Croquembouche is a French dessert of profiteroles (cream puffs) filled with pastry cream and “glued” together with caramel sauce. I know I say a lot of things are really good but this is in the “I hear angels singing” category of food. I have always wanted to make this and over the Christmas holidays I finally had time to attempt it. The recipe consists of three different components: the cream puffs, the pastry cream filling and the caramel sauce. All three need to be made separately so this is a rather time consuming recipe. I got this out of Nigella Lawson’s “Feast” cookbook.
To make the cream puffs you start with butter and water.
This then gets heated up to a galloping boil until all the butter has melted.
At this point a bunch of flour is added in…
and you stir furiously until it comes together and pulls away from the sides of the pan.
Then the mixture gets transferred to another bowl and a bunch of eggs are added in. The dough was very stiff at this point and it was rather tiring to mix them in one by one but when I tried using the electric mixer it was too thick and sticky for it to mix properly.
After all the eggs were incorporated I used my piping bag to make little walnut sized mounds on a baking sheet. After I was done I patted down the peaks that were sticking up with moistened fingers so the dough wouldn’t stick.
After they came out of the oven I made a slit in each of them with a knife so that the steam could escape and so that they wouldn’t be soggy.
Next was the pastry cream. I put milk to heat on the stove.
The recipe called for superfine sugar which I finally found in the supermarket after much searching. I don’t know why it is also called fruit powdered sugar as it is unflavoured. Superfine sugar is, as the name says, much smaller in grain size and incorporates much faster and better than regular sugar.
In a bowl I mixed together the superfine sugar, some flour and a lot of egg yolks. Weight friendly, this recipe is not.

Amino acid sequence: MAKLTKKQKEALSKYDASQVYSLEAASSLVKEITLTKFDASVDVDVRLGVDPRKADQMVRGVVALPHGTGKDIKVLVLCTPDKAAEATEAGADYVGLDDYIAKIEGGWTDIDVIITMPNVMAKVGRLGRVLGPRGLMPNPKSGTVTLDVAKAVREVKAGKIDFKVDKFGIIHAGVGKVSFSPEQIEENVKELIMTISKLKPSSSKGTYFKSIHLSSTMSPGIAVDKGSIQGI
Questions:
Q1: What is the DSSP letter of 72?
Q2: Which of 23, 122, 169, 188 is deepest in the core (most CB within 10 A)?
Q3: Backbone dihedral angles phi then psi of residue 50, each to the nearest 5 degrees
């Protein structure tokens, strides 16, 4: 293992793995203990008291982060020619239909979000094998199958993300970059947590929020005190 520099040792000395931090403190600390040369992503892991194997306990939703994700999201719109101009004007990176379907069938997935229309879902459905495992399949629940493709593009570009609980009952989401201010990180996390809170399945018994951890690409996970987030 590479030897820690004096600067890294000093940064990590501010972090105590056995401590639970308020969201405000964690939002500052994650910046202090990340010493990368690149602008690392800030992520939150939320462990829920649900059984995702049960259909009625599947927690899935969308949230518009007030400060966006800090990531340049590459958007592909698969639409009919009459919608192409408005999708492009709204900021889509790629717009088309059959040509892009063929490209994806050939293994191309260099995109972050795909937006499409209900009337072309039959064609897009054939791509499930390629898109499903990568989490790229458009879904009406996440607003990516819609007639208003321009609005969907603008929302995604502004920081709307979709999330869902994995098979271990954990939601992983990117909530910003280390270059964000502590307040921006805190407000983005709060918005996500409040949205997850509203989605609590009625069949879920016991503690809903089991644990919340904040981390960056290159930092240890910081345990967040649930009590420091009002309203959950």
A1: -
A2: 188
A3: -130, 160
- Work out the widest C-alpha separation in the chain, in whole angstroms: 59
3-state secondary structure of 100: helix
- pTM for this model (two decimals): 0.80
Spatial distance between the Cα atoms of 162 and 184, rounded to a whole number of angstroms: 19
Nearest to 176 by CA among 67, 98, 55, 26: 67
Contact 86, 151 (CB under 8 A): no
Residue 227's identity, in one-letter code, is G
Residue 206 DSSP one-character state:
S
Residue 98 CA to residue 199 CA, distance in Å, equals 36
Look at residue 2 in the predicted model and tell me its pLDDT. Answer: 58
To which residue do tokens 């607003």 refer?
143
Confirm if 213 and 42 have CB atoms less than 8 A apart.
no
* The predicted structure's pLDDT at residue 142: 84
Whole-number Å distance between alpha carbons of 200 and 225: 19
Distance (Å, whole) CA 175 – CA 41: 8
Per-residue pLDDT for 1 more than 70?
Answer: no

Once the milk was hot I added it bit by bit to temper the egg yolks. Basically you raise the temperature of the eggs gradually. I skipped this step once when I was 15 and making a lemon meringue pie and ended up with scrambled eggs; lesson learned. Some steps you just can’t cut out.
Once the eggs had been tempered I dumped everything back into the pan and turned up the heat.
After a few minutes… voila! Pastry cream.
To flavour the pastry cream I made caramel which was super easy. It is just water and sugar put to boil without stirring and taken off the heat when it darkens.
You can see the colour of the pastry cream darken slightly after I poured the caramel in. Some of it got on the whisk. Oops.
I put the pastry cream in the fridge to cool with saran wrap pressed directly on top so it wouldn’t form a skin.
After the pastry cream has cooled completely I filled the profiteroles with my trusty piping bag.
Here is my pile of filled cream puffs. It took me a while to do them all since you have to use a small tip to do it as to not make a huge hole. It’s hard to tell when they’re completely filled so I kept on filling them until the cream started to come out just to make sure.
To make the caramel sauce I used butter, fine sugar and corn syrup. The recipe called for golden syrup but since I only have one tin which I am hoarding like it is liquid gold I used corn syrup. It is rather hard to find in Montreal so I am waiting for a very good occasion to open it up.
Here you see it bubbling away and thickening. When it was the right thickness I took it off the fire.
To assemble the Croquembouche I made one layer then poured on some of the sauce then added a smaller second layer and so on until I had used all the cream puffs. When you do this you have to make sure that you use enough caramel in between each layer so that everything sticks together.
My Croquembouche made more of a mountain than the traditional pyramid shape but boy did it taste amazing. The crispy profiteroles with the silky pastry cream and the oozing caramel are just an amazing combination of flavours and textures. Totally worth the time that it took to make this and a total repeat.